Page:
The aim of the study was to evaluate the effectiveness of an audio and animated cartoon questionnaire (AACQ) at improving consent process in child for biospecimen donation.
A multi-center randomized and controlled survey was performed at two pediatric hospitals in China from 2019 to 2020. Children aged from 7 to 18 years in the pediatric surgery wards were invited to investigate the participants’ willingness and attitudes for donating biospecimens. A total of 264 children, including 119 in the AACQ group and 145 in the TQ group, and 67 parents of children were analyzed. A separate knowledge test was acquired in the questionnaires.
Our findings showed that the response rate of the AACQ group (89.85%) was significantly higher than that of the TQ group (68.44%; p < 0.001). AACQ can improve the child’s understanding, increase children’s engagement in biospecimen donation, reduced the differences in selected characteristics affecting children understanding, and enhanced their risk awareness of donating biospecimens. We also found that increasing pain and privacy disclosure were the most popular concern among children for the refusal to donate biospecimens.
AACQ is an effective and standardized tool of content delivery to children from the surgical wards. Children who fully understood of biospecimen donation are suggested to participate in the consent signing.
Using audio and animated cartoon questionnaire is a more effective and standardized tool of content delivery to children.
This study expanded the use of an animated cartoon to a children’s survey. Audio and animated cartoon questionnaire (AACQ) can improve the child’s understanding, increase children’s engagement in biospecimen donation compared to text questionnaire (TQ) group, and enhanced their risk awareness of donating biospecimens.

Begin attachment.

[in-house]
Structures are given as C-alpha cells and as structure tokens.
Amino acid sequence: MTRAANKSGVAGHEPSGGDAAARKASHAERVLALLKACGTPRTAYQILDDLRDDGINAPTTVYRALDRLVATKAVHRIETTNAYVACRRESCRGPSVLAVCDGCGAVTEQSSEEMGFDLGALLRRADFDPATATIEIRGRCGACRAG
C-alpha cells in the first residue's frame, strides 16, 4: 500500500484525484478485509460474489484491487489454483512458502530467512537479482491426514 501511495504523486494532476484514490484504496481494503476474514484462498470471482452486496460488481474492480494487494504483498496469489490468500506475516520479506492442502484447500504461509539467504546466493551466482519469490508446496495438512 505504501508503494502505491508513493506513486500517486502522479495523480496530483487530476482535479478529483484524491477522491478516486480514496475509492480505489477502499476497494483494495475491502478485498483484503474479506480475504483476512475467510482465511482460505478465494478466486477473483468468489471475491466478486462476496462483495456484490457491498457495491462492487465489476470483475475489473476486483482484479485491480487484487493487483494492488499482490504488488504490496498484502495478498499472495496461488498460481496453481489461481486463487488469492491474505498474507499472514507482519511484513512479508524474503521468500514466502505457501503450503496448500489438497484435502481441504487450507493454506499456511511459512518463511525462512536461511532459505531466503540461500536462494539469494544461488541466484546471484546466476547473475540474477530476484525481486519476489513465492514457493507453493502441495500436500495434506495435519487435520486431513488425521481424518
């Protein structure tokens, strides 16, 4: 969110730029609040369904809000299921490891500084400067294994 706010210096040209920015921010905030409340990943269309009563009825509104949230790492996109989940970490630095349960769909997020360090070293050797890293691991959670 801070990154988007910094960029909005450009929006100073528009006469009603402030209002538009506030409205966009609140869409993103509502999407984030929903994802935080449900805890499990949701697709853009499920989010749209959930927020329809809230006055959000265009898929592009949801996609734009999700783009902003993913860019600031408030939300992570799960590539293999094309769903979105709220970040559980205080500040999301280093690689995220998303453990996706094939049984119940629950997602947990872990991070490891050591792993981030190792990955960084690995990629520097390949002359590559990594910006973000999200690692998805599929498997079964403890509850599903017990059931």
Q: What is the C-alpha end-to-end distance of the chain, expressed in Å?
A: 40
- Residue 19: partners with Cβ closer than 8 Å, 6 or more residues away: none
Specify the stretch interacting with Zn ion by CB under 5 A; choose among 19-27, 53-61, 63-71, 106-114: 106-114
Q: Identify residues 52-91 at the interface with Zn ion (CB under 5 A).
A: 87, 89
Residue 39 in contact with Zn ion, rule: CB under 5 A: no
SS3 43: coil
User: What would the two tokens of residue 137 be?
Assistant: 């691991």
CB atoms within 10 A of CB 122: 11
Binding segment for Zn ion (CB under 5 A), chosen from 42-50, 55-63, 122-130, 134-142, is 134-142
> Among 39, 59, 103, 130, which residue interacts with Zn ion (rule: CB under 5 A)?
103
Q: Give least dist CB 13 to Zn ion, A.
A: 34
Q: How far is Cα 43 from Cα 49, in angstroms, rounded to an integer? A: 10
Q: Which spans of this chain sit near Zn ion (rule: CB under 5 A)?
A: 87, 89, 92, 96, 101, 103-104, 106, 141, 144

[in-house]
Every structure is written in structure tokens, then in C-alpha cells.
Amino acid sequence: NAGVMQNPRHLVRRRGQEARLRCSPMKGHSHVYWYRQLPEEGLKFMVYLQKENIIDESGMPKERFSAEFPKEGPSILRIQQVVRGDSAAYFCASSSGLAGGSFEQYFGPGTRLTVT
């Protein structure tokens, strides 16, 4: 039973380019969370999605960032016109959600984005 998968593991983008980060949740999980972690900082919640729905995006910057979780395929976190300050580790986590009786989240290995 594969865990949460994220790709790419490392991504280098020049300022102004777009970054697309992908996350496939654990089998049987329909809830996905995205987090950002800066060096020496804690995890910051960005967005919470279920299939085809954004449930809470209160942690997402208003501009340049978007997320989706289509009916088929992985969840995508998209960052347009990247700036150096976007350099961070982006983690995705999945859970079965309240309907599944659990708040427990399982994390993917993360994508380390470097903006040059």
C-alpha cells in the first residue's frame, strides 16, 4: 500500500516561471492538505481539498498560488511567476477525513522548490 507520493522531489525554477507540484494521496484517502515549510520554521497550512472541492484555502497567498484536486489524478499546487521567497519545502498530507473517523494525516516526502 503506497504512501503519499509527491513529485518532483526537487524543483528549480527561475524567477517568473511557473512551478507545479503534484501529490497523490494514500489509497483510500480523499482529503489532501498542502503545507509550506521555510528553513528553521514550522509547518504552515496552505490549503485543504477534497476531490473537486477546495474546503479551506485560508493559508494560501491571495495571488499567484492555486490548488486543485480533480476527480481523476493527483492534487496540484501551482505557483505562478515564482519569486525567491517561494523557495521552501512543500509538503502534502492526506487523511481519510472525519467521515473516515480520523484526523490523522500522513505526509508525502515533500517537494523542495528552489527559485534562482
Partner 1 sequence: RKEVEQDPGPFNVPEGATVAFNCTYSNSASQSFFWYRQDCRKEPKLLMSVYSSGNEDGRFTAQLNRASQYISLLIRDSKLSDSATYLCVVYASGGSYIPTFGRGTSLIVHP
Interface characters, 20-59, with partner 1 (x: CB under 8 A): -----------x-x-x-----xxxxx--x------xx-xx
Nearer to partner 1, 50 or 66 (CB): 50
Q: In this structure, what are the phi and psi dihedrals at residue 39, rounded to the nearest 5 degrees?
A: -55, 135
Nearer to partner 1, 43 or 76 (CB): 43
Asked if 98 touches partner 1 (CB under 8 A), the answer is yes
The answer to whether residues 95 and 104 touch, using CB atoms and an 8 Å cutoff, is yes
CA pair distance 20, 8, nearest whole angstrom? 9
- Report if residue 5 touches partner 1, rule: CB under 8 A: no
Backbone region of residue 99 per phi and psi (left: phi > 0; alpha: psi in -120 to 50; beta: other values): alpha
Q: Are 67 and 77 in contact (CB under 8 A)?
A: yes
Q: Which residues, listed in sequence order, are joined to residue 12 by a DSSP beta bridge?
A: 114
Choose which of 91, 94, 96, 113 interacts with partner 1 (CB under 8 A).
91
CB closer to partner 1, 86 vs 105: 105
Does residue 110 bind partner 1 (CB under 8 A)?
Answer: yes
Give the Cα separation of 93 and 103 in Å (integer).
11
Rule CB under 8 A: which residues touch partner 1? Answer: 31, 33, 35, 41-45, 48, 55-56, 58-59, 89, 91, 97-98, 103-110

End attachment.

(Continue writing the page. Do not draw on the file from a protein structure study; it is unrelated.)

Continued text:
More AACQ should be used with children in the future to effectively deliver content to children and improve children’s participation in the survey.
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We are grateful to all participants. We thank LetPub (www.letpub.com) for its linguistic assistance during the preparation of this manuscript. This research was sponsored by the National Science Foundation of China [81872637, 81728017, 81974231], Shanghai Municipal Commission of Health and Family Planning [201840324, 20164Y0095], Program of National Science and Technology Commission for association of diabetes and nutrition in adolescent [2016YFC1305203], Medical and Engineering Cooperation Project of Shanghai Jiao Tong University [YG2017ZD15], The Project of Shanghai Children’s Health Service Capacity Construction [GDEK201708], Science and Technology Development Program of Pudong Shanghai New District [PKJ2017-Y01], Shanghai Professional and Technical Services Platform [18DZ2294100], Shanghai Science and Technology Commission of Shanghai Municipality [17411965300, 17XD1402800, 18411962800], 2019 Science and Technology Innovation -Biomedical Supporting Program of Shanghai Science and Technology Committee , Biological Sample Bank and Database Platform of Henan Children’s Hereditary Diseases , the Foundation of National Facility for Translational Medicine, Shanghai [TMSK-2020-124], and the Key Subject Program for Clinical Nutrition from Shanghai Municipal Health Commission [2019ZB0103].
The authors declare no competing interests.
Written informed consent was obtained from each patient and his/her parent.
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Qiu, S., Xia, Y., Tian, F. et al. Using a cartoon questionnaire to improve consent process in children: a randomized controlled survey. Pediatr Res (2020). https://doi.org/10.1038/s41390-020-01227-2